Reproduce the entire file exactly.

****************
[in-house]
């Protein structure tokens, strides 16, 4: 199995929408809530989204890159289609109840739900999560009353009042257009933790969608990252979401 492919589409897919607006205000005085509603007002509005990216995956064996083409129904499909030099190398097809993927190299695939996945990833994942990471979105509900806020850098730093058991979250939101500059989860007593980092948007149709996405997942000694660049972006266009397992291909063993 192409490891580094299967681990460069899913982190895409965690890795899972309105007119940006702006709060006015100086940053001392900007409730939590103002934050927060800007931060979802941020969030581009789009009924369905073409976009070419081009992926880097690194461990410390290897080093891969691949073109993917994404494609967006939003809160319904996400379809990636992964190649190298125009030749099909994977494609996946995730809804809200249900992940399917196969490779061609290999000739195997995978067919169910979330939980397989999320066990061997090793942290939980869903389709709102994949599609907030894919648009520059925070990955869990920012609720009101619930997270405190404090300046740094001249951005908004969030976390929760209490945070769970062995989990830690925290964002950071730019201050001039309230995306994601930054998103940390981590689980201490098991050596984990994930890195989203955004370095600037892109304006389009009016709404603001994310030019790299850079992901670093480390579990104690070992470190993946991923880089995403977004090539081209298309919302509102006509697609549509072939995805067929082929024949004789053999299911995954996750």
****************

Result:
[in-house]
């Protein structure tokens, strides 16, 4: 199995929408809530989204890159289609109840739900999560009353009042257009933790969608990252979401 492919589409897919607006205000005085509603007002509005990216995956064996083409129904499909030099190398097809993927190299695939996945990833994942990471979105509900806020850098730093058991979250939101500059989860007593980092948007149709996405997942000694660049972006266009397992291909063993 192409490891580094299967681990460069899913982190895409965690890795899972309105007119940006702006709060006015100086940053001392900007409730939590103002934050927060800007931060979802941020969030581009789009009924369905073409976009070419081009992926880097690194461990410390290897080093891969691949073109993917994404494609967006939003809160319904996400379809990636992964190649190298125009030749099909994977494609996946995730809804809200249900992940399917196969490779061609290999000739195997995978067919169910979330939980397989999320066990061997090793942290939980869903389709709102994949599609907030894919648009520059925070990955869990920012609720009101619930997270405190404090300046740094001249951005908004969030976390929760209490945070769970062995989990830690925290964002950071730019201050001039309230995306994601930054998103940390981590689980201490098991050596984990994930890195989203955004370095600037892109304006389009009016709404603001994310030019790299850079992901670093480390579990104690070992470190993946991923880089995403977004090539081209298309919302509102006509697609549509072939995805067929082929024949004789053999299911995954996750």